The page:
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June 16, 2008
Volume 86, Number 24
p. 14


Pesticide Mixtures Hurt Salmon

Contaminants impair fish's sense of smell

Rachel Petkewich

MIXTURES OF PESTICIDES at concentrations found in the environment can wreck a salmon's sense of smell, according to a new study (Environ. Sci. Technol., DOI: 10.1021/es800240u).

A new study finds that the sense of smell of fish in the salmon family, such as this baby rainbow trout, is affected by pesticides.

Salmon use their sense of smell to find food and mates, detect predators, and migrate seasonally from rivers to oceans. The new findings suggest that the effects of pesticides in rivers on olfaction may be at least partially responsible for declining salmon stocks, which led to this year's ban on commercial fishing for wild salmon along the U.S. Pacific Coast.

Previous studies briefly exposed salmon to individual pesticides. Although these studies have helped researchers better understand the physiological effects of specific pesticides, they overlook the fact that fish are exposed to varying mixtures in the environment, says coauthor Keith B. Tierney, currently a biology postdoc at the University of Windsor, Ontario. "Our results indicate salmon restoration efforts may meet with limited success unless water quality issues are resolved first," he says.

In their study, Tierney, Christopher J. Kennedy, a biology professor at Simon Fraser University in British Columbia, and colleagues quantified 40 pesticides in water from British Columbia's Nicomekl River. The researchers identified the 10 most concentrated pesticides and blended them in solution.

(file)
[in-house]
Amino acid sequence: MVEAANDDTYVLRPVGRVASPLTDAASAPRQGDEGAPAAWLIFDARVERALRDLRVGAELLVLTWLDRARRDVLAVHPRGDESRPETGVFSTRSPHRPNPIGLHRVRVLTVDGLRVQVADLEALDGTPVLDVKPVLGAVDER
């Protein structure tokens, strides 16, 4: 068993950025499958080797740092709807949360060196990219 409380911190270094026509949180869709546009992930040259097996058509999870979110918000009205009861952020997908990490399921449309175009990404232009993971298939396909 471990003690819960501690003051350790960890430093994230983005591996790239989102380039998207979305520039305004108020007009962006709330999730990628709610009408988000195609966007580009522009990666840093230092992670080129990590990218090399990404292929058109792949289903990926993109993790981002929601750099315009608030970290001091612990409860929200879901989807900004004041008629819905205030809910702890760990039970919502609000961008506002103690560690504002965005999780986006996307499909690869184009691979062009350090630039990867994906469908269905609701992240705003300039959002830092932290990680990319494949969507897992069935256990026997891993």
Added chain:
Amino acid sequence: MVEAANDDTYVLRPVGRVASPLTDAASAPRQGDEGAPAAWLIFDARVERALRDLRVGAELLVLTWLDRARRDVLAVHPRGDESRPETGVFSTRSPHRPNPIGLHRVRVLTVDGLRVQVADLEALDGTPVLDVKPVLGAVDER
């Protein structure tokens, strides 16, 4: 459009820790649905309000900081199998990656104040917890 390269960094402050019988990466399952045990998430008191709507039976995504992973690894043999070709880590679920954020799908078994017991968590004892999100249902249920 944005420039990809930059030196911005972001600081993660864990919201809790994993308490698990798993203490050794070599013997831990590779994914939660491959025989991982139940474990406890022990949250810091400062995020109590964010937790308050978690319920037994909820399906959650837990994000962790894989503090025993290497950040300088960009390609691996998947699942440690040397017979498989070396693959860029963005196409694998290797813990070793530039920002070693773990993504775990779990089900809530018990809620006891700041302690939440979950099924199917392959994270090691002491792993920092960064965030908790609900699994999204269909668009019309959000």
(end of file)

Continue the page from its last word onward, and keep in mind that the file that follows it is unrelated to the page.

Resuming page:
Among the solutes were organophosphates such as dimethoate, atrazine, and malathion at the same levels found in the river. The scientists exposed rainbow trout—a member of the salmon family—to the solution for four days. The fish subsequently demonstrated diminished ability to distinguish changes in an odorant that would signal an approaching predator.

"This work shows that real-world levels of pesticides are not safe for salmon," says Niladri Basu, an environmental toxicologist at the University of Michigan. He notes that pesticide risk assessments need to be designed carefully to mirror ecologically relevant scenarios.

John D. Stark, director of the Salmon Toxicology Laboratory at Washington State University, says he doubts that the decline that led to canceling this year's salmon catch from Oregon to California can be solely attributed to pesticide exposure, but pesticides appear to have played a role. "The reduction in wild salmon populations is probably due to a number of factors, including warmer waters," he says.

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